On October 16, 2018, FERC issued an Order in the New England Transmission Owners ROE complaints (NETO Order) in which it proposed a new methodology for analyzing the base return on equity (ROE) component of rates under section 206 of the Federal Power Act (FPA) and directed the participants to the applicable proceedings to submit briefs regarding the proposed new methodology. There are several other ongoing proceedings involving base ROE disputes. On November 15, FERC provided guidance regarding the effect of the NETO Order on these pending proceedings (five proceedings involving System Energy Resources, Inc., Entergy Services, Inc., Public Service Company of Oklahoma, Southwestern Electric Power Company, AEP, Oklahoma Transmission Company, AEP Southwestern Transmission Company, Oklahoma Gas & Electric Company, Southwestern Electric Power Company, Alabama Power Company, Georgia Power Company, Gulf Power Company, Mississippi Power Company and Southern Company Services, Inc. – MISO complaints addressed in separate order and blog) that have been set for hearing and settlement judge procedures. FERC stated that it expects the participants in these five proceedings to address the NETO Order’s proposed new ROE methodology. This includes presenting evidence concerning the merits of the proposed methodology and whether and how to apply the proposed new methodology to the facts of their respective proceedings. FERC made it clear that its new base ROE methodology is a proposal and not yet final policy.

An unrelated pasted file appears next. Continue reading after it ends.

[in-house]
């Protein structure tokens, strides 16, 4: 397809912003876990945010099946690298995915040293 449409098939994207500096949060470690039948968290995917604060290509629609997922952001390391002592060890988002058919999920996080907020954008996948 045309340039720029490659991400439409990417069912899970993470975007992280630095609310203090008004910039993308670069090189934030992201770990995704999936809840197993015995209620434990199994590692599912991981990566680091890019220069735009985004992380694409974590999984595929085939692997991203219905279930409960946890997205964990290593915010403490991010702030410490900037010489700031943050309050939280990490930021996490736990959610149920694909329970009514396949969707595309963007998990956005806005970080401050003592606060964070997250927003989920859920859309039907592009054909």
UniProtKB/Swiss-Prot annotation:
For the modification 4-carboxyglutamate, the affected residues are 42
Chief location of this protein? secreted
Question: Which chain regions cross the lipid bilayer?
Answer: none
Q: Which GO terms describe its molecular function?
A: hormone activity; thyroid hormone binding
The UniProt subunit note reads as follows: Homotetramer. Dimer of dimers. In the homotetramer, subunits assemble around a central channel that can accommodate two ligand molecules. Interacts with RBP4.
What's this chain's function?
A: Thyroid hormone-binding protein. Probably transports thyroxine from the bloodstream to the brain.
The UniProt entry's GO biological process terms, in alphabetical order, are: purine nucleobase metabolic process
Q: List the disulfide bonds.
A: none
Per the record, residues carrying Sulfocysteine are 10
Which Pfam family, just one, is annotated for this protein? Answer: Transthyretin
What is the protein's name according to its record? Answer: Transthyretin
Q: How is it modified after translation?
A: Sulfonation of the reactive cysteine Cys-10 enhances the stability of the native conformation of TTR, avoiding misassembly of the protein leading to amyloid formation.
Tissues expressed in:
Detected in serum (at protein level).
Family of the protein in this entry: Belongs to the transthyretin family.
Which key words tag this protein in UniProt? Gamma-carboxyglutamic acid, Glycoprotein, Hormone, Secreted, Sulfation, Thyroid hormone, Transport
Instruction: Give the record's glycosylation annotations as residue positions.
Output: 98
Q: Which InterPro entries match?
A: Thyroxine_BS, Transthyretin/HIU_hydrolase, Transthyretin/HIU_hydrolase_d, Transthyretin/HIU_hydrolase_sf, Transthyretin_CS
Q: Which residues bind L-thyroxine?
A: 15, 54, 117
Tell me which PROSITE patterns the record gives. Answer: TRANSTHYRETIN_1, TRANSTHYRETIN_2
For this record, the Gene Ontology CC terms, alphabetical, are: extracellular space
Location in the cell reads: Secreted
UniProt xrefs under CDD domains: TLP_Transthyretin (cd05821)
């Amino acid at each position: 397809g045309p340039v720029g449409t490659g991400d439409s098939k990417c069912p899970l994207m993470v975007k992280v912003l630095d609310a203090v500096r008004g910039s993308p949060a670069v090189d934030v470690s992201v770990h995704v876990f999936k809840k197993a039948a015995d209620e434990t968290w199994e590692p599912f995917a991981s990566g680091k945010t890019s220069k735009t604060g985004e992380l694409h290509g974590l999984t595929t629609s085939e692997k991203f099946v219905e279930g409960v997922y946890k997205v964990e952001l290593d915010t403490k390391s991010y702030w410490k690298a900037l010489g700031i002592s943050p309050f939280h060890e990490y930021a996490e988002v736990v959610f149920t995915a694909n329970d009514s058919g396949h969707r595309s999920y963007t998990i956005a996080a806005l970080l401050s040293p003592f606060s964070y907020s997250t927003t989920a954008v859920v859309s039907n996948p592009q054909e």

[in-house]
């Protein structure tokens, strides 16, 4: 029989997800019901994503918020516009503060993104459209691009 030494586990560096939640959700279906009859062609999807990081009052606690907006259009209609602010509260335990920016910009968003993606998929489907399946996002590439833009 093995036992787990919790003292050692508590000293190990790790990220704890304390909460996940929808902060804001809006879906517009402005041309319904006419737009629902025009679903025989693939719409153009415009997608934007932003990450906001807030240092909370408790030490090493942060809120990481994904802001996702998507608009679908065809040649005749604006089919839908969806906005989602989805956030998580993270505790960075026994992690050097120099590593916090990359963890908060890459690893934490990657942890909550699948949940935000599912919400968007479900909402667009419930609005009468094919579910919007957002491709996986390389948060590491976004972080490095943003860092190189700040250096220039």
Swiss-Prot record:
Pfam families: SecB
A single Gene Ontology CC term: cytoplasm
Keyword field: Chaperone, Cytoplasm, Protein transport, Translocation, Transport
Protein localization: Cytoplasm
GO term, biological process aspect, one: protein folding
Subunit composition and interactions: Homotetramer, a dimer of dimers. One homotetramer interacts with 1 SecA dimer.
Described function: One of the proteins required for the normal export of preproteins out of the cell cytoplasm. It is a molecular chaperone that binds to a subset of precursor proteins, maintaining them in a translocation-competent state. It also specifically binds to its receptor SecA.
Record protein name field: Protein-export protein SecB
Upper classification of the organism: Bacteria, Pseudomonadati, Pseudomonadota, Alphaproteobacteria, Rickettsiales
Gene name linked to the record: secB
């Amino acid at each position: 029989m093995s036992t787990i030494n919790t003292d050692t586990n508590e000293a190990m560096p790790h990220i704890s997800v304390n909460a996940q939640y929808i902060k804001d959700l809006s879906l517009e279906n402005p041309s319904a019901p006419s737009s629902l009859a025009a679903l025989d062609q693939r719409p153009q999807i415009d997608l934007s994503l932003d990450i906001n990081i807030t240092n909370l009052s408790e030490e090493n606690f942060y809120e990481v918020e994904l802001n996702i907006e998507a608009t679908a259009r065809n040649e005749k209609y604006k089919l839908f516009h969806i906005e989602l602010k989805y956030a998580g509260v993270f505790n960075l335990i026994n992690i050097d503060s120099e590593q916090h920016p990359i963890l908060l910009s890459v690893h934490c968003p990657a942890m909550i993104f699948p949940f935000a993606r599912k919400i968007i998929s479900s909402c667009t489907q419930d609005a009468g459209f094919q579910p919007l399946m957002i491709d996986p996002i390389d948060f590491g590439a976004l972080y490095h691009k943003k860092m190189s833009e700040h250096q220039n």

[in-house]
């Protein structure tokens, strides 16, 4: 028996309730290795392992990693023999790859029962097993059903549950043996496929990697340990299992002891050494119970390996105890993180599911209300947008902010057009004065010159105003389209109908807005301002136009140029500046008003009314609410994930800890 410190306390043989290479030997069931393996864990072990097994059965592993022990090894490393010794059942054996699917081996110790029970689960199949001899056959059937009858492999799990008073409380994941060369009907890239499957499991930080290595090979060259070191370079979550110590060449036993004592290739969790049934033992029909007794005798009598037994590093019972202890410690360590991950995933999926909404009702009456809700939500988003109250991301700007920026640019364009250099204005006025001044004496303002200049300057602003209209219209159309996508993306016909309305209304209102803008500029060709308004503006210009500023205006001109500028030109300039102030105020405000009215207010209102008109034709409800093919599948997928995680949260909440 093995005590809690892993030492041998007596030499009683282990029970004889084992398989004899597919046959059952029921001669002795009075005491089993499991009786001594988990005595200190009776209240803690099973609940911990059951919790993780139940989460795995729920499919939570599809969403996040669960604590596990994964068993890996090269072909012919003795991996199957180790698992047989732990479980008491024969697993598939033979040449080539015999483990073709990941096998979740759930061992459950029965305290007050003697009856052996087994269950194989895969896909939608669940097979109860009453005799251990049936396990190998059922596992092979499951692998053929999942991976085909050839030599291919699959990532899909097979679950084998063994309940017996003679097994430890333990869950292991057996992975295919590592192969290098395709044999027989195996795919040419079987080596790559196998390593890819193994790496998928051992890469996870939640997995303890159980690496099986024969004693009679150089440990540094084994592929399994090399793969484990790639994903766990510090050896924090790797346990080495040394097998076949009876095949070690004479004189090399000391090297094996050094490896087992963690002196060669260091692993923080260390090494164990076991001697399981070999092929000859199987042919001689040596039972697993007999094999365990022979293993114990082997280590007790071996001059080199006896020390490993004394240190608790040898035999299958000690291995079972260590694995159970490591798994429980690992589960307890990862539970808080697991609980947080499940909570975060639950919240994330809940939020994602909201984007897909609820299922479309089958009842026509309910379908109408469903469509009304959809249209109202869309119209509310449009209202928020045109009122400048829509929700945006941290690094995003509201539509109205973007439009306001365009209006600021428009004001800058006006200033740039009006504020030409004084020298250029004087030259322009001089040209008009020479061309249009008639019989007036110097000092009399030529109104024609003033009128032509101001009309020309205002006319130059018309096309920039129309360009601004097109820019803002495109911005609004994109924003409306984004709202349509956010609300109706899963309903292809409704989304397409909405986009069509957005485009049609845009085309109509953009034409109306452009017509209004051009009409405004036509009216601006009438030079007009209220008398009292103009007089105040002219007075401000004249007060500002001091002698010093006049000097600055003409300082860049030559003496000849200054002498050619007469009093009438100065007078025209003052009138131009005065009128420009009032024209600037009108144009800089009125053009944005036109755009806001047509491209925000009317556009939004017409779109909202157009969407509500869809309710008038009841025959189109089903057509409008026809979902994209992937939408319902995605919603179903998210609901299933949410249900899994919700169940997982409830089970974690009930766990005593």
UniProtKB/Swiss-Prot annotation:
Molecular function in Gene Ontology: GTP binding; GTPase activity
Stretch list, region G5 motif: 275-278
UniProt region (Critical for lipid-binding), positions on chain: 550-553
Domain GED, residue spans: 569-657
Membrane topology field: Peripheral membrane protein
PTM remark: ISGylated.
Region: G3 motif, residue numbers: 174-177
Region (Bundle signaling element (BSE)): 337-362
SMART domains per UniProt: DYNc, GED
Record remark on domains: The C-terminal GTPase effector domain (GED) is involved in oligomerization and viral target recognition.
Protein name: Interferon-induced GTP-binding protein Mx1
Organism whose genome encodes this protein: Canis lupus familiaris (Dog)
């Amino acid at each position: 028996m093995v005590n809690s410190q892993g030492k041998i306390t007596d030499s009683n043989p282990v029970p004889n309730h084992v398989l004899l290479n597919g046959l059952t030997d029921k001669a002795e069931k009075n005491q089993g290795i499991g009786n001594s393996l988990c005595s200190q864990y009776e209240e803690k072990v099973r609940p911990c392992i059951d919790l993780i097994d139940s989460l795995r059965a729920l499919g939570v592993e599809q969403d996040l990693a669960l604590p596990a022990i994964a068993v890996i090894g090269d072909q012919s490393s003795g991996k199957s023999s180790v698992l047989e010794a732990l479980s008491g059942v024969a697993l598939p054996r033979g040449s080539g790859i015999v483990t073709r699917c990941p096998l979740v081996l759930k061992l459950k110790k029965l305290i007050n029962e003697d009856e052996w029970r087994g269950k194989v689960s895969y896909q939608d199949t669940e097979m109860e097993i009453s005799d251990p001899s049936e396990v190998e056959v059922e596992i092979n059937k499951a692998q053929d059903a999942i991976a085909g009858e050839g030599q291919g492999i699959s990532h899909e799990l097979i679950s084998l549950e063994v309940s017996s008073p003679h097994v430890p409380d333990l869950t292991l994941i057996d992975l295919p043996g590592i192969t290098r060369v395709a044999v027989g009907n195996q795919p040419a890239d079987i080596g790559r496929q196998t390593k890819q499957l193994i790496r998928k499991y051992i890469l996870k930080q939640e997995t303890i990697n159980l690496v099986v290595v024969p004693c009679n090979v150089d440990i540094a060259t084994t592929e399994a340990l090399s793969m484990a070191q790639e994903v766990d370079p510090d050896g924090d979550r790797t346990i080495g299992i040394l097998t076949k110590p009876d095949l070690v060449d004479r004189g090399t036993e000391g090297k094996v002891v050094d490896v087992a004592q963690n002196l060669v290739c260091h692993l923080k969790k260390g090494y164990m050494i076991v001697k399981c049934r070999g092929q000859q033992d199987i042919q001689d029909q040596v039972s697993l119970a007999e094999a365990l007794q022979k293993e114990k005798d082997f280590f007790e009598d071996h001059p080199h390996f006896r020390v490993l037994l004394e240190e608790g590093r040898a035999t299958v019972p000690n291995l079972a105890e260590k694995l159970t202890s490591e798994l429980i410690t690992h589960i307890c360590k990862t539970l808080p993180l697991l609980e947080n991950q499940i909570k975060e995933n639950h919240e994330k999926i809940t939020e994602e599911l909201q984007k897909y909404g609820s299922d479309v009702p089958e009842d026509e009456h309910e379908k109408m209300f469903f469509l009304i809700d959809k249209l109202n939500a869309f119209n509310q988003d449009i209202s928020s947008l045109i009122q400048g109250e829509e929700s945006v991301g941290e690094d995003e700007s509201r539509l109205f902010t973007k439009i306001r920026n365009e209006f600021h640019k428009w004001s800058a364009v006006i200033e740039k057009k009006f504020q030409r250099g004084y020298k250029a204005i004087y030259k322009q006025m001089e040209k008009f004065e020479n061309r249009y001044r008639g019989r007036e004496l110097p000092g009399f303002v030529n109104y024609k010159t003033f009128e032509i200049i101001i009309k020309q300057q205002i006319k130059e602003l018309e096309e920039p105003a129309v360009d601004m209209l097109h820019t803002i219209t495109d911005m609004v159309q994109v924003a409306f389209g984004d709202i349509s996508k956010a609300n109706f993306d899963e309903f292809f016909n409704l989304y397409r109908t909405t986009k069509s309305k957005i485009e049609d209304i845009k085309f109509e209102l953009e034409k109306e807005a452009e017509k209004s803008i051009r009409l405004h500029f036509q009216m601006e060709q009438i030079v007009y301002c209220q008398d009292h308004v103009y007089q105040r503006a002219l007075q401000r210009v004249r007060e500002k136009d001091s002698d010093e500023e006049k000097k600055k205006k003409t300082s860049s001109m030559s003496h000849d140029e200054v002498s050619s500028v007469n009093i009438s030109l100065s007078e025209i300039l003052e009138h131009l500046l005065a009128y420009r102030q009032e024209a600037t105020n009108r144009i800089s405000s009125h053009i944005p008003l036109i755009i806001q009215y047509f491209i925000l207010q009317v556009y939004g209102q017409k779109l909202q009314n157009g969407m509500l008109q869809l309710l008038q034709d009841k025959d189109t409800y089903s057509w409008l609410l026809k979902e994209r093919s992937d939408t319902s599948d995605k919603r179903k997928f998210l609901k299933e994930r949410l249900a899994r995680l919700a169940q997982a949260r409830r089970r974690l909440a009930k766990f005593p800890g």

As a reminder, in the NETO Order, FERC directed the parties to submit briefs regarding: (1) a proposed framework for determining whether an existing ROE is unjust and unreasonable under the first prong of FPA section 206 and (2) a revised methodology for determining just and reasonable ROEs. FERC proposed to establish a composite zone of reasonableness, giving equal weight to the discounted cash flow (DCF) model, capital asset pricing model (CAPM), and expected earnings model. FERC proposed that, in order to find an existing ROE unjust and unreasonable under the first prong of section 206, the ROE must be outside a range of presumptively just and reasonable ROEs for a utility of its risk profile. For average risk single utilities, that range would be the quartile of the zone of reasonableness centered on the midpoint/median of the zone of reasonableness. For below or above average risk utilities, that range would be the quartile of the zone of reasonableness centered on the central tendency of the lower or upper half of the zone of reasonableness, respectively. FERC proposed to determine a replacement ROE under the second prong of FPA section 206 using the above three models, plus the risk premium model. For average risk utilities, the Commission proposed to determine the midpoint/medians of each zone of reasonableness produced by the DCF, CAPM, and expected earnings models and average those ROEs with the risk premium model ROE, giving equal weight to each of the four figures. The Commission proposed to use the midpoint/medians of the lower and upper halves of the zones of reasonableness to determine ROEs for below and above average risk utilities, respectively, and average those ROEs with the risk premium model ROE.
Dr. Paul Dumais
CEO of Dumais Consulting with expertise in FERC regulatory matters, including transmission formula rates, reactive power and more.